Like most transfer haulers, C&W Trucking focuses on top-rail reinforcement. “We usually spec a little heavier-duty top rail because we’ve had so much of a problem in the past, and we have not had problems lately. Once in a while, the tailgate gets out of alignment. I can’t say that’s a wear problem—I think that’s a loader damage issue where they hit something back there.”
Key Components: Floors, Tarping Systems
Live floors provide fleets with significant flexibility. Some landfills are not equipped with tippers serving either MSW or C&D, or, in some cases, the tipper might not be available in a timely fashion. Some haulers, like TAC Transport, are trying to serve a new type of customer, and loads must be dumped in locations not originally intended for them.
“We have to have the Walking Floors to go into waste energy plants because, typically, they don’t have tippers,” says Adolph, noting that only about 5% of TAC Transport’s trailers are equipped with Keith Manufacturing’s Walking Floors. The Walking Floor operates in a four-stage process. Floor slats or planks slide underneath the load in groups of three, one group at a time, toward the cab. In the fourth and final stage, all of the grouped slats/planks move together toward the discharge end of the trailer, pulling the load along in that section of the floor.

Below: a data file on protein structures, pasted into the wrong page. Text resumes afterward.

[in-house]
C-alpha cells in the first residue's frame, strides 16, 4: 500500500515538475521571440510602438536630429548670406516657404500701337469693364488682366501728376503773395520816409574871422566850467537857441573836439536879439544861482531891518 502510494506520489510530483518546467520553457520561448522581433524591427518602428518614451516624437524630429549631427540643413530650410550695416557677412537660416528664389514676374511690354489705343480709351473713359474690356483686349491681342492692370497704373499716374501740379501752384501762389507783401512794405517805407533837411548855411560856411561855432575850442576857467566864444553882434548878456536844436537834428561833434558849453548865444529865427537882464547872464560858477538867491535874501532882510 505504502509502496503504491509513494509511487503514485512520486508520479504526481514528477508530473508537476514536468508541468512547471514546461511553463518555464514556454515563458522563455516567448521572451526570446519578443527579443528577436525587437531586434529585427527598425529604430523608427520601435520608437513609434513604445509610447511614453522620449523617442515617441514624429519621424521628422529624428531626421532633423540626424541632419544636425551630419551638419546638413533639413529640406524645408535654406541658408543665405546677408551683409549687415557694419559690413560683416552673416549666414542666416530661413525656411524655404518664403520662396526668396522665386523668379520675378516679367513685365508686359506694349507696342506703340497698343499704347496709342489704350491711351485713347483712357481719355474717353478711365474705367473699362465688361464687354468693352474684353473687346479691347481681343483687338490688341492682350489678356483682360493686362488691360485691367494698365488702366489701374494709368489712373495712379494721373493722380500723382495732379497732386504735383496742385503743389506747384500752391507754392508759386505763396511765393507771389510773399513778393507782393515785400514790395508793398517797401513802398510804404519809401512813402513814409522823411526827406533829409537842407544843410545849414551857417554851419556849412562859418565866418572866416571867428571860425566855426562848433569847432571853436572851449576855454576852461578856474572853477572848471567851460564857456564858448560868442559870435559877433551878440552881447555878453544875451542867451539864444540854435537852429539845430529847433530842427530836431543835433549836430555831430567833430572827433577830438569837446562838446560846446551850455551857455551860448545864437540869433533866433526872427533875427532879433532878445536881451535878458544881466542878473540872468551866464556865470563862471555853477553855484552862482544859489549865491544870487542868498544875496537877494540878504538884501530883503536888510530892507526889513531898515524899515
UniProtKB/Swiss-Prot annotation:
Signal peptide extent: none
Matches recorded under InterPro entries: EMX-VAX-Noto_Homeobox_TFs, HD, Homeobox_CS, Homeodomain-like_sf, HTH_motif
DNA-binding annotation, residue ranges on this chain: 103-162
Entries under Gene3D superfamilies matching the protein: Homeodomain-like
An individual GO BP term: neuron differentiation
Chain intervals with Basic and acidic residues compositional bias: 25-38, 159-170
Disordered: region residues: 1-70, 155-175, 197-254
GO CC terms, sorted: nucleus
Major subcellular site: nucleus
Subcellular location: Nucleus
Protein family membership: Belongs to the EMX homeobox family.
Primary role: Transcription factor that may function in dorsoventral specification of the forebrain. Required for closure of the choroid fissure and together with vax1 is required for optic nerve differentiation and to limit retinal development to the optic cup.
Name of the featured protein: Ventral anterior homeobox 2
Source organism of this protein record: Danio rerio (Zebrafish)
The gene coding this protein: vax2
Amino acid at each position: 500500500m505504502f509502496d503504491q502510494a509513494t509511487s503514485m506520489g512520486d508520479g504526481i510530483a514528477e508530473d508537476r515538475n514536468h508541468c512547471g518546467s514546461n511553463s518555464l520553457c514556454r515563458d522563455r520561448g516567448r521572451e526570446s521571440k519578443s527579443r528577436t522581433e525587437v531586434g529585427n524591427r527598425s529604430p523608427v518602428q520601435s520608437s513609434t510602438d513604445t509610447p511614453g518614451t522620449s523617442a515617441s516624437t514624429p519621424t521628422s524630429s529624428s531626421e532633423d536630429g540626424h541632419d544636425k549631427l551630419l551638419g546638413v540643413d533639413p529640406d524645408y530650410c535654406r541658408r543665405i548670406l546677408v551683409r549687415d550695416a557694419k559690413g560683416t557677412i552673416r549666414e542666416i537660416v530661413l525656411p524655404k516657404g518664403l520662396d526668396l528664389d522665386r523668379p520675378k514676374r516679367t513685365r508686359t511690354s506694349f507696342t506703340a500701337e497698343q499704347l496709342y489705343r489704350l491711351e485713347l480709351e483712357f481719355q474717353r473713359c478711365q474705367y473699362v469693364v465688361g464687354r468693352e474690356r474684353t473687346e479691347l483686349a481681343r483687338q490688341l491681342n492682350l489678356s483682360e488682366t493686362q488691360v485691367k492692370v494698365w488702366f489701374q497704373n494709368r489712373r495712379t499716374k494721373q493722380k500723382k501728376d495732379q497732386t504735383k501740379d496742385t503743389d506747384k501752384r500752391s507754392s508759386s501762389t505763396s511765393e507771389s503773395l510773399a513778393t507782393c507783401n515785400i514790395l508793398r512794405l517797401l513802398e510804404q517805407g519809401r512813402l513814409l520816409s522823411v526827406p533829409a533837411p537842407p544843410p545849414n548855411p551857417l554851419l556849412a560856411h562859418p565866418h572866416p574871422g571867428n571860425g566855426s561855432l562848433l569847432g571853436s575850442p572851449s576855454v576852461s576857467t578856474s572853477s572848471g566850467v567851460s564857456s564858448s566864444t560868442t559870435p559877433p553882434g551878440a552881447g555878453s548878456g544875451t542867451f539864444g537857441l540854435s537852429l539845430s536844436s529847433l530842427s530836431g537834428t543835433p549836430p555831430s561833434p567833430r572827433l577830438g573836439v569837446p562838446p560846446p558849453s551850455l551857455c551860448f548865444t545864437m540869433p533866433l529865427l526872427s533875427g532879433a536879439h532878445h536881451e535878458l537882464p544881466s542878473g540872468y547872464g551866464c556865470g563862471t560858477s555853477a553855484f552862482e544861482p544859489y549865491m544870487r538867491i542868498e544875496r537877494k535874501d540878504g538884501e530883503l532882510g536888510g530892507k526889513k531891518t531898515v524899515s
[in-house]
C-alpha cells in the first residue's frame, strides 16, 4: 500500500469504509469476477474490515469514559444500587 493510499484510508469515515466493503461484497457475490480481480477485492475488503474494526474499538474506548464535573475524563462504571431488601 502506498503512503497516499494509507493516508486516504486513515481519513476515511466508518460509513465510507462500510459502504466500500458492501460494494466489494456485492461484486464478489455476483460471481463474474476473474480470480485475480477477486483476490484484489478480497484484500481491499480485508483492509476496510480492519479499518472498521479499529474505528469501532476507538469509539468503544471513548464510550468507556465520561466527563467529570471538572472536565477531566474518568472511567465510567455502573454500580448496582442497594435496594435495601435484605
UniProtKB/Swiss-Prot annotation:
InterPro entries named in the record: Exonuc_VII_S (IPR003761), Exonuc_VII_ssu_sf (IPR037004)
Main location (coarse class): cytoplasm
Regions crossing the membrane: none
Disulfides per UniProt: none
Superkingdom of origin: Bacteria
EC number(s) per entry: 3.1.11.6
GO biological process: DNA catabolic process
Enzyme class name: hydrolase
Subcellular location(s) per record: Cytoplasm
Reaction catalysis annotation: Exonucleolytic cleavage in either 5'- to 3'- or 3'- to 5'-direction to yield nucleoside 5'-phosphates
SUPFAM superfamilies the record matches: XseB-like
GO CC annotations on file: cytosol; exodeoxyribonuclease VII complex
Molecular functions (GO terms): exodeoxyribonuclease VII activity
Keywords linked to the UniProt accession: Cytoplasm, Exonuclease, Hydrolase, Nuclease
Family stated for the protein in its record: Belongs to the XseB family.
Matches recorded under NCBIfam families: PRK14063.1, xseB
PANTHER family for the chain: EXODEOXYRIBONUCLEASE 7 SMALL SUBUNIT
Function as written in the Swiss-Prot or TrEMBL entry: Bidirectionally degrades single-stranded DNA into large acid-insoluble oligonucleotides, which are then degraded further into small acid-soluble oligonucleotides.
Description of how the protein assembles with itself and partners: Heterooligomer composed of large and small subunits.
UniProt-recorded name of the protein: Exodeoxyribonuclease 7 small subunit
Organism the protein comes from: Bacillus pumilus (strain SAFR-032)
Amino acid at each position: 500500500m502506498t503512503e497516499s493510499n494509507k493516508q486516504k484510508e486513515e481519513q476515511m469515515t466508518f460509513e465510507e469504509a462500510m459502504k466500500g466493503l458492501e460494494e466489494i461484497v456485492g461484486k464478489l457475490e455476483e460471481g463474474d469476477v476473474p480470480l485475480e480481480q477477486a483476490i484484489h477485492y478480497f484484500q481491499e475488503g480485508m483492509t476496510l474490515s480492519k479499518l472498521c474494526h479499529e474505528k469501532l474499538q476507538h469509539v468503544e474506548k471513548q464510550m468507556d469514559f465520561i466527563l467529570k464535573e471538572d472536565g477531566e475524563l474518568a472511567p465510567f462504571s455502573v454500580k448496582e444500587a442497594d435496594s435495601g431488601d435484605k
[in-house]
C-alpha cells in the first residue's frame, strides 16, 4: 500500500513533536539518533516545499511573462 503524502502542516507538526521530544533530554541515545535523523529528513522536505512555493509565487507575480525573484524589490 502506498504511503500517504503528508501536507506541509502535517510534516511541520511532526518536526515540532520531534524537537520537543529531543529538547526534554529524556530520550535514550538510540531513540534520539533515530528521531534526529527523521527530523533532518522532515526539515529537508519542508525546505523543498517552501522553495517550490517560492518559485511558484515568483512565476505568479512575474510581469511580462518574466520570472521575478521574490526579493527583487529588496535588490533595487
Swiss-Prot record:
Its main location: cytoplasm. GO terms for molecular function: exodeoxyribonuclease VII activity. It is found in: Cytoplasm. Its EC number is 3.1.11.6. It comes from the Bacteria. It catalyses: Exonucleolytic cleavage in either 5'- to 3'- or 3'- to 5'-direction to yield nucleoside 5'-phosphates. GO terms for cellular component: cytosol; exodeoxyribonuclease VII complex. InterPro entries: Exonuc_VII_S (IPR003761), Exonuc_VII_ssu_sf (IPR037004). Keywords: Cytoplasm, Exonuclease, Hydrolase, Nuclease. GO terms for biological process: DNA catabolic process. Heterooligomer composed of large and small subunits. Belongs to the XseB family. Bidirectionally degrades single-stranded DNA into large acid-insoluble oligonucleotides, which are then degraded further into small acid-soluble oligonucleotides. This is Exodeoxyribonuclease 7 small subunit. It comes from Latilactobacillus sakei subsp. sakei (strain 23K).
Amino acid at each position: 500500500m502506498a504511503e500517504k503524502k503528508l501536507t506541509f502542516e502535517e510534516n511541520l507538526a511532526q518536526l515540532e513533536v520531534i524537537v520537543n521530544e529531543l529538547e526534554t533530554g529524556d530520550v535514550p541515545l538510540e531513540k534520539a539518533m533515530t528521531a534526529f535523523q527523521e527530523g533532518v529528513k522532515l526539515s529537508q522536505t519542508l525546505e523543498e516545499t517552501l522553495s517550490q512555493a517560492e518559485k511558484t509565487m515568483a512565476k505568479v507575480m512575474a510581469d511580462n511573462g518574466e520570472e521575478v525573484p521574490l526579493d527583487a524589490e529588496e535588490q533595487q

“I’m sure Frank will say that he likes to have them in the mix because there are days when you like to have some options. The name of the game is tons per load and turns per day—that’s what our business is driven by. We can get more weight on a tipper than on a Walking Floor, and we’re trying to increase the number of tippers we have.” Adds Carter, “On those days when you go into the landfill and you can’t get to the tippers, you like to have your Walking Floors,” he says. “Also, you leave yourself open for specialty work that may show up. If the tipper goes down for whatever reason, you still have that option.”
In contrast, the Sacramento County [California] Municipal Services Agency—a public entity that operates a landfill—uses live floors exclusively. The reasoning behind this specification, according to Tedrow, is financially driven. With live floors, “You don’t have to set up your landfill with a tipper, which is an expensive piece of equipment,” he says. “I’d have to retool the whole fleet. For us, using live floors is simpler because they’re self-contained—you don’t have to drive to the landfill, back the thing onto a tipper, and have the whole thing lifted up into the air. I would imagine there would be some wind and weather conditions where that would actually be hazardous. I think baling is a cleaner operation.”
Noting that live-floor trailers are more susceptible to getting stuck in landfills, Creeden shares a technique that C&W Trucking has discovered for getting trucks unstuck. “If they get stuck in these landfills, usually nobody wants to get out, hook up a chain and walk through the landfill,” he says. “Lately, we’ve been speccing the trailers with pusher bumpers on the back, so if they do get stuck, the compactor can come up behind the trailer, scoop up some garbage against the trailer, and try to push it out. Otherwise, if they if they don’t get square on it and try to push it out from the back end, they might skew the tailgate or something.”